An automaker tries to cover up a bestselling car’s defect in this thriller that combines corporate intrigue and organized crime.
In 2003, a Japanese man named Osamu Tomoda was driving to meet some old college friends in Saitama Prefecture when the wheel of his car seized up, causing a collision. Tragically, the other driver died when his vehicle was consumed by flames, leaving Tomoda crushed with guilt. The police seemed skeptical that the accident was caused by a mechanical failure but couldn’t prove any wrongdoing; later, Tomoda learns that other Eagle SUV drivers experienced similar problems. He posts a note on an online forum, which attracts four other posts from Eagle drivers reporting similar mechanical failures. Meanwhile, top executives working for the carmaker, the Goryo Auto Company, also become aware of the issue but attempt to suppress it for fear of a recall, which would not only be financially costly, but also devastating to the company’s reputation. Also, a top crime boss, Sassa, owns shares in the company and wants to delay a recall so that his investment will continue to appreciate. Caught in the middle of the mess is Shunichi Okada, a managerial chief at Central Fire & Marine, the company that insures Goryo, as well as some Eagle owners claiming engineering dysfunction. Okada uncovers evidence that suggests the Eagle has been plagued with a mechanical glitch—but then his own company tries to bury his findings. Soon, both Tomoda’s and Okada’s careers are threatened, and after a powerful lawyer with strong ties to the criminal underworld gets involved, their lives could be in danger, too.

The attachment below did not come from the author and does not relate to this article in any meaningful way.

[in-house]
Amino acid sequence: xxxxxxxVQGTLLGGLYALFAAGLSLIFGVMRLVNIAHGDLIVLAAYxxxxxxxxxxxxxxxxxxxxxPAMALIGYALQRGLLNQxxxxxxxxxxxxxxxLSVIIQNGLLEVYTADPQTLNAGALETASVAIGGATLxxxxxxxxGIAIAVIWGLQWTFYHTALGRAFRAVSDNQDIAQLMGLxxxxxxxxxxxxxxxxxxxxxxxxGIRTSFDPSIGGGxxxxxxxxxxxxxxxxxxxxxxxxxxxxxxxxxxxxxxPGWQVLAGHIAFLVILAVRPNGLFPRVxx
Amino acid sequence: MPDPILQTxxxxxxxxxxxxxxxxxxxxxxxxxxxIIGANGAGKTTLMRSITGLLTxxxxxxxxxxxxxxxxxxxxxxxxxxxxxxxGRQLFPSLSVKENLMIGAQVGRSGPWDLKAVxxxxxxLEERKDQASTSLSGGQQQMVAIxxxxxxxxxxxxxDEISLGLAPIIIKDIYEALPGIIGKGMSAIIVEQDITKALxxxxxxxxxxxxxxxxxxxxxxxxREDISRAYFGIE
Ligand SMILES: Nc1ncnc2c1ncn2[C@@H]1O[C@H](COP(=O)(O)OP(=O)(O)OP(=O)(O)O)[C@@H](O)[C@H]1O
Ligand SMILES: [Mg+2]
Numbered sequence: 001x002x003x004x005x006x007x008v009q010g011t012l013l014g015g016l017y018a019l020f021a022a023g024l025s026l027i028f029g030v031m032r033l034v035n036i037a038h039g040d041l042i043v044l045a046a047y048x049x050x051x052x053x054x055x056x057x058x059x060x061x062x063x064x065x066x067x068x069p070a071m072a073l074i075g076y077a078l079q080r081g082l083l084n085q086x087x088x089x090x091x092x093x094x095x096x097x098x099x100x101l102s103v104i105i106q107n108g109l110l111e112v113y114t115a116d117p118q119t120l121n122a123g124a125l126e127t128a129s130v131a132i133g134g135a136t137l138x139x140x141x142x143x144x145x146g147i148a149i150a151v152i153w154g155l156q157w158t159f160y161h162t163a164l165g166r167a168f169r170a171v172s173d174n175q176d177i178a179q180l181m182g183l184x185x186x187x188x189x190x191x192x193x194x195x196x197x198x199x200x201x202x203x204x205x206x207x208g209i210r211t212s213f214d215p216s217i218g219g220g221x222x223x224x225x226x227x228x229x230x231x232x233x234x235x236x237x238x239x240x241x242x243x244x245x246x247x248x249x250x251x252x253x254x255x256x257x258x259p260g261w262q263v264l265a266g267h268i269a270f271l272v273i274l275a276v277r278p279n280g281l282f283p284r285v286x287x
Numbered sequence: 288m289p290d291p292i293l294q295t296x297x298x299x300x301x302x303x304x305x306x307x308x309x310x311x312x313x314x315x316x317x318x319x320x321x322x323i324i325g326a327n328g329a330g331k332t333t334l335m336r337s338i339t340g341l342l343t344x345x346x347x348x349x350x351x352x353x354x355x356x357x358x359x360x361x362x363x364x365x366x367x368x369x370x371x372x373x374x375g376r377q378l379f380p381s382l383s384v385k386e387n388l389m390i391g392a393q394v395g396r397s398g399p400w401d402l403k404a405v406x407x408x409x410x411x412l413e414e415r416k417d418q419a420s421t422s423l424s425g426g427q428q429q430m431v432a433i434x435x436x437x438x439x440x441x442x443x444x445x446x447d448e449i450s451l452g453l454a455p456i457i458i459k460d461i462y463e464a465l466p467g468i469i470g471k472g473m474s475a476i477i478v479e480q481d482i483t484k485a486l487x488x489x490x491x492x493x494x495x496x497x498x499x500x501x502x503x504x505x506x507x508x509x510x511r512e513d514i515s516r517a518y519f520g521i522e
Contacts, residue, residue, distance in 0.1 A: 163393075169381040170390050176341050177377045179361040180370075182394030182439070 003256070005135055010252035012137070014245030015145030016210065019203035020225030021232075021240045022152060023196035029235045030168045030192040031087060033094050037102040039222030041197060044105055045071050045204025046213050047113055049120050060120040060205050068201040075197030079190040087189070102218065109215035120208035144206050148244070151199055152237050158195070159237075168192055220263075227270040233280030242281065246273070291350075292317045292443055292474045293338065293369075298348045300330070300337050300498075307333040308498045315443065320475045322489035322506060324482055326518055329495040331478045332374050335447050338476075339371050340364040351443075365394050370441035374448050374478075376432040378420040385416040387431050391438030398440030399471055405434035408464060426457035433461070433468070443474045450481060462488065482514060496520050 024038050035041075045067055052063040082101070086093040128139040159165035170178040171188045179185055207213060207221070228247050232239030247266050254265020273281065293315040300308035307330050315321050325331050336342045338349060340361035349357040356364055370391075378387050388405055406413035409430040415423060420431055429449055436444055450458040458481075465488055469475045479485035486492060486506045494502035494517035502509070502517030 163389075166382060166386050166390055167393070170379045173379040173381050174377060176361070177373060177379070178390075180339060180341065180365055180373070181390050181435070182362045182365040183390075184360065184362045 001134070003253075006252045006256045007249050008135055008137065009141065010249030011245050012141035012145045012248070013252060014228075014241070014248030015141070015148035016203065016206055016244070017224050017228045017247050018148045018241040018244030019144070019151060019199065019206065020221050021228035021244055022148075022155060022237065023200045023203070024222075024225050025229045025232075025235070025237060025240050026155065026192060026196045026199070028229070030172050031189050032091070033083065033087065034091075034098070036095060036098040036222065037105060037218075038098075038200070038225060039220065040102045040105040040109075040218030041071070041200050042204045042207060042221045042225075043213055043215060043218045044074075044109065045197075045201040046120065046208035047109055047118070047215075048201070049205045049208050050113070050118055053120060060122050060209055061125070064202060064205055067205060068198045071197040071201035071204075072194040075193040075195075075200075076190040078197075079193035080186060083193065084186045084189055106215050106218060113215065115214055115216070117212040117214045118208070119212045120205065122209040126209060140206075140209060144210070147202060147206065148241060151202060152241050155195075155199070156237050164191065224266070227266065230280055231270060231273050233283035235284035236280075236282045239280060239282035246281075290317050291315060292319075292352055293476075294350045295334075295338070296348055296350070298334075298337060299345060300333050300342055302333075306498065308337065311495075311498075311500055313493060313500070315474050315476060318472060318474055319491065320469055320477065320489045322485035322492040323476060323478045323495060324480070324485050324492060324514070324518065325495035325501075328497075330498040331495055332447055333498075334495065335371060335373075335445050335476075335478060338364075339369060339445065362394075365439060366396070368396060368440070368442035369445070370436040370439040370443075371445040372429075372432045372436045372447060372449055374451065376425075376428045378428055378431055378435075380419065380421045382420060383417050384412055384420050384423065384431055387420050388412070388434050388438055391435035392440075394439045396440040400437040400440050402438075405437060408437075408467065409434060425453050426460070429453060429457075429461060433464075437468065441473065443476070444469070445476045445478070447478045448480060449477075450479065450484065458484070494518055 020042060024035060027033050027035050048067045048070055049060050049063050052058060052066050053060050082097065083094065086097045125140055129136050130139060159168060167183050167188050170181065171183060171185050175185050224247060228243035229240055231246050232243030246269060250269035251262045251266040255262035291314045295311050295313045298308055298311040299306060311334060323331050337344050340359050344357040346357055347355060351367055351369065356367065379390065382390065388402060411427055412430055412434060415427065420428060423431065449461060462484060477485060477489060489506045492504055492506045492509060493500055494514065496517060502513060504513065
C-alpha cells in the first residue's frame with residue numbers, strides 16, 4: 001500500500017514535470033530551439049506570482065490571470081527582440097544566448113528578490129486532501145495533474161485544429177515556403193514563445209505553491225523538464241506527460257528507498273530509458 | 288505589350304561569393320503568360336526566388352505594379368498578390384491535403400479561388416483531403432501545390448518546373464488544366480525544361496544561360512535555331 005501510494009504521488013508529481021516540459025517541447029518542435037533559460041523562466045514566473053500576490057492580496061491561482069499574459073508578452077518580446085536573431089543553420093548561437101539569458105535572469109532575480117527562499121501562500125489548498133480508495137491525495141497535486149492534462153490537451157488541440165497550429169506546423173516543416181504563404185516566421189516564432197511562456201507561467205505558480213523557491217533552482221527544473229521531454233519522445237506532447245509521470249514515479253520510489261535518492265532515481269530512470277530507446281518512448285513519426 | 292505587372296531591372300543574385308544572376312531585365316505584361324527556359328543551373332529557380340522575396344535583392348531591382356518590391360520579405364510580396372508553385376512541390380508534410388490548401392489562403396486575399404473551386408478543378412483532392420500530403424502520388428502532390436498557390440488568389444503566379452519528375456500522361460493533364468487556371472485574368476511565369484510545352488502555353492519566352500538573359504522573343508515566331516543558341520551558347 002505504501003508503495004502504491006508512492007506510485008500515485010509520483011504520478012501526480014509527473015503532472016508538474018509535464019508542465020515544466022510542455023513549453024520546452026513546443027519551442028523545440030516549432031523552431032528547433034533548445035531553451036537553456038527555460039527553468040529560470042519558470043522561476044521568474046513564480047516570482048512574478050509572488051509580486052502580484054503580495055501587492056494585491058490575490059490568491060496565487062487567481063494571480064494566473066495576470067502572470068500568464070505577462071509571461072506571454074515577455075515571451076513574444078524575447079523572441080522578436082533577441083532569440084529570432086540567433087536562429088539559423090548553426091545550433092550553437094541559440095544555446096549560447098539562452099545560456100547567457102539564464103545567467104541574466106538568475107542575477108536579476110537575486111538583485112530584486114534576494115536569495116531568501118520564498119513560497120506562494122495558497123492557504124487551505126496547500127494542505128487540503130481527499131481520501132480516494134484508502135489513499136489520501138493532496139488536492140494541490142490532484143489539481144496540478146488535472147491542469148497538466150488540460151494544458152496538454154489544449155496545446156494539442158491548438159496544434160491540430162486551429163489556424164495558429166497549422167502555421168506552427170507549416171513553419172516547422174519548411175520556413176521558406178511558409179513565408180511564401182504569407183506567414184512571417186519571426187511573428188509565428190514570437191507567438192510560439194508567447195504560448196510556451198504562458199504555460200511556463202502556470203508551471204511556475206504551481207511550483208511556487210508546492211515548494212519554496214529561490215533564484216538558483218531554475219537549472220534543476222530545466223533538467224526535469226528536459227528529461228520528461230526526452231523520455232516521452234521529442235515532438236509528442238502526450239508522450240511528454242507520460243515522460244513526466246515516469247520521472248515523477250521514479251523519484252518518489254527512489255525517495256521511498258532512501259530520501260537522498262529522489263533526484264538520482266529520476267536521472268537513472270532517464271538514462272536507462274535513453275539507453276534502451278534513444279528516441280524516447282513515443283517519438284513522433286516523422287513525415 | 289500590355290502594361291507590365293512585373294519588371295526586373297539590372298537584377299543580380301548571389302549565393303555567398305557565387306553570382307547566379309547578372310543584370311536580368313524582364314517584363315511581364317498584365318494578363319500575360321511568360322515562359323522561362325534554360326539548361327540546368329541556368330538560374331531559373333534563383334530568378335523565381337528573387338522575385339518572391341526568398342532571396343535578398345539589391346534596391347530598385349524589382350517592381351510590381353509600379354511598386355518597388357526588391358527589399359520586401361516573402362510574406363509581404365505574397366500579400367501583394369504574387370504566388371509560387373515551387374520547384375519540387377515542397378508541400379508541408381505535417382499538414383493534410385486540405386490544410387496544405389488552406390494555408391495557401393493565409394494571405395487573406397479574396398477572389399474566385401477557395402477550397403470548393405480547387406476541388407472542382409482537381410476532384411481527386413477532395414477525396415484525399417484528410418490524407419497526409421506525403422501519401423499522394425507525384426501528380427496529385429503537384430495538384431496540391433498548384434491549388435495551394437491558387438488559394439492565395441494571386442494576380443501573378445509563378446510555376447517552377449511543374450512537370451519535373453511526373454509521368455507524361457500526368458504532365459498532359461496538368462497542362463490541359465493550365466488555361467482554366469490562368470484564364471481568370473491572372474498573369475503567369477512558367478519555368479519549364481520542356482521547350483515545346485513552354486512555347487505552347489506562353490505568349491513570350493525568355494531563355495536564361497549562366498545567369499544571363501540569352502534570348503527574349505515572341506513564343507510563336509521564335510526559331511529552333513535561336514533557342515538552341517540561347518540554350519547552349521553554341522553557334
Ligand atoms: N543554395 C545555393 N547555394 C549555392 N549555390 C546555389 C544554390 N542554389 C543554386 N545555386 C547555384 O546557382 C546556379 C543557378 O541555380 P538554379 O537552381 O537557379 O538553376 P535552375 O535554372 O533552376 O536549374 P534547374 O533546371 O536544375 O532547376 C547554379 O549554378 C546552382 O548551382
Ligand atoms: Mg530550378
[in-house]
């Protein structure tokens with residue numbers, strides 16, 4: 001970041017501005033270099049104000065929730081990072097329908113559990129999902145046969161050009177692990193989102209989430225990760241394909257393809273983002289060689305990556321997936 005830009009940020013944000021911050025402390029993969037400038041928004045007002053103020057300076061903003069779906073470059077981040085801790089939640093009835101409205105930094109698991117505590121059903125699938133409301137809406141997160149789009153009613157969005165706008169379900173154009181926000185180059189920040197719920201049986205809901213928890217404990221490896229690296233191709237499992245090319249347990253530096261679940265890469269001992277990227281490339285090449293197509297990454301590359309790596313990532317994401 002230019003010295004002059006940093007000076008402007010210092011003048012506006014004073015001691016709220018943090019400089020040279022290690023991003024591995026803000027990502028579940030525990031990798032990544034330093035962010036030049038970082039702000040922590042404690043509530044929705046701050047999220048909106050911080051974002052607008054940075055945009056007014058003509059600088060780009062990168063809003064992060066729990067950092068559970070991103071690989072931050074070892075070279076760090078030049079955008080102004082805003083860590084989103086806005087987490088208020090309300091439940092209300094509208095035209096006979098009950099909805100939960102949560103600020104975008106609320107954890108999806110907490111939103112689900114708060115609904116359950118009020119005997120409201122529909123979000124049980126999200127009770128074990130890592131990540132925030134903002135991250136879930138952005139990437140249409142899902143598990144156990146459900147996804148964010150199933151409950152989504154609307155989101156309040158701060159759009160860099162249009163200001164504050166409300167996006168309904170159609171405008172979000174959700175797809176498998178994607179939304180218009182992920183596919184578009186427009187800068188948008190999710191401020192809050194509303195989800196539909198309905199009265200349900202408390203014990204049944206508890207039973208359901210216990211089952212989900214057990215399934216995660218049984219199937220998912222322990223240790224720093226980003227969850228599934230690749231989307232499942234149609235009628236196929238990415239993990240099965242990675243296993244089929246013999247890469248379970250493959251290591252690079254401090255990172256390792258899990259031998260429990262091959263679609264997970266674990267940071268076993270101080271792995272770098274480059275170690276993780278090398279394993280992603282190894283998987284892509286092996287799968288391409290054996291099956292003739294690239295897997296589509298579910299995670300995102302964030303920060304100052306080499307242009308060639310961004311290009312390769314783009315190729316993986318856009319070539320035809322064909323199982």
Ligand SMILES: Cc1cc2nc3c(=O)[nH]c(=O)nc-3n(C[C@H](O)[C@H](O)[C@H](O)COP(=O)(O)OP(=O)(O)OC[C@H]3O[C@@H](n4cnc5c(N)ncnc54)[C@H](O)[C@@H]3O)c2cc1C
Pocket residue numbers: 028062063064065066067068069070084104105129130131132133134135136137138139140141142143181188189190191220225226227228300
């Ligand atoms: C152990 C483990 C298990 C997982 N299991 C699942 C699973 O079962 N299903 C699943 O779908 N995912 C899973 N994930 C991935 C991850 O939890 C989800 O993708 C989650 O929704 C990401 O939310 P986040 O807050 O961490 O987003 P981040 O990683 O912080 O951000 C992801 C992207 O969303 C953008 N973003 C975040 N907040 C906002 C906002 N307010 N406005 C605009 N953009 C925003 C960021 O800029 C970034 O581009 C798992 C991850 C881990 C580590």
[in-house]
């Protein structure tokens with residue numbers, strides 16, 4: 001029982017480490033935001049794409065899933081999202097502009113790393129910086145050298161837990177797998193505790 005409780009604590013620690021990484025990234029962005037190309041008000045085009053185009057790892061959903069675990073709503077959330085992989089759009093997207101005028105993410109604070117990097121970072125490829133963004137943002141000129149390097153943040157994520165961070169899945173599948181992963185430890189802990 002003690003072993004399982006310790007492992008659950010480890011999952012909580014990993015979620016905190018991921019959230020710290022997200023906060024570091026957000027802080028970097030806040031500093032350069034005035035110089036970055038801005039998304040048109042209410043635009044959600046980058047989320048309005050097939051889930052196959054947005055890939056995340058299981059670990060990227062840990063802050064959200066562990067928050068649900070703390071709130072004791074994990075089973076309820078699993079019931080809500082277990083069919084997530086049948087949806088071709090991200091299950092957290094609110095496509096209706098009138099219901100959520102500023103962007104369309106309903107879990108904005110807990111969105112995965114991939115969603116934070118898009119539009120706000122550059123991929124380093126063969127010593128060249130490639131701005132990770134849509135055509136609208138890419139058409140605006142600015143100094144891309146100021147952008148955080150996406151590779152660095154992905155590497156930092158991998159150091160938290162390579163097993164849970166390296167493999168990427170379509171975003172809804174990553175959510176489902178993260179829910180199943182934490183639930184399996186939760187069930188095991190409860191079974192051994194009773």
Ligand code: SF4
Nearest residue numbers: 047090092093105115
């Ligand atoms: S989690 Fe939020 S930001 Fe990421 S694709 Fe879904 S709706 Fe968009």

Shima (Outsider Artist, 2017, etc.) is expertly knowledgeable about the Japanese automobile industry, and he meticulously unravels Goryo’s complex skein of private profiteering and public regulation. He also cleverly juxtaposes the automobile maker, the insurance company, and the cosmos of organized crime, displaying the dark ways in which they share common ground. The threats begin subtly, develop into an ominous cascade of innuendo and implication, and then crescendo when a dog’s severed head shows up at Tomoda’s home. The entire story is written in plain, clear prose, which is helpful given the often complex bureaucratic elements that underpin the drama. However, these elements can still be confounding at times, which may compel readers to move slowly and even take notes. The author explains the legal and economic context with painstaking clarity, but the minutiae still snowball into a minor mountain of detail by the end. Nevertheless, patient readers will be well-rewarded for their troubles, as the book’s chilling amalgam of administrative banality and criminal nihilism is its biggest strength. Okada emerges as the perfect protagonist for this multifaceted tale—a technocrat who’s devoted to both his friend and to the truth, the twin pillars of moral motivation. And Tsukasa Tamai, the lawyer summoned by the crime bosses to make the recall problem vanish, is an intelligently constructed and unsettling combination of professional sophistication and brutality.
An exceedingly thoughtful but often heart-pounding crime story.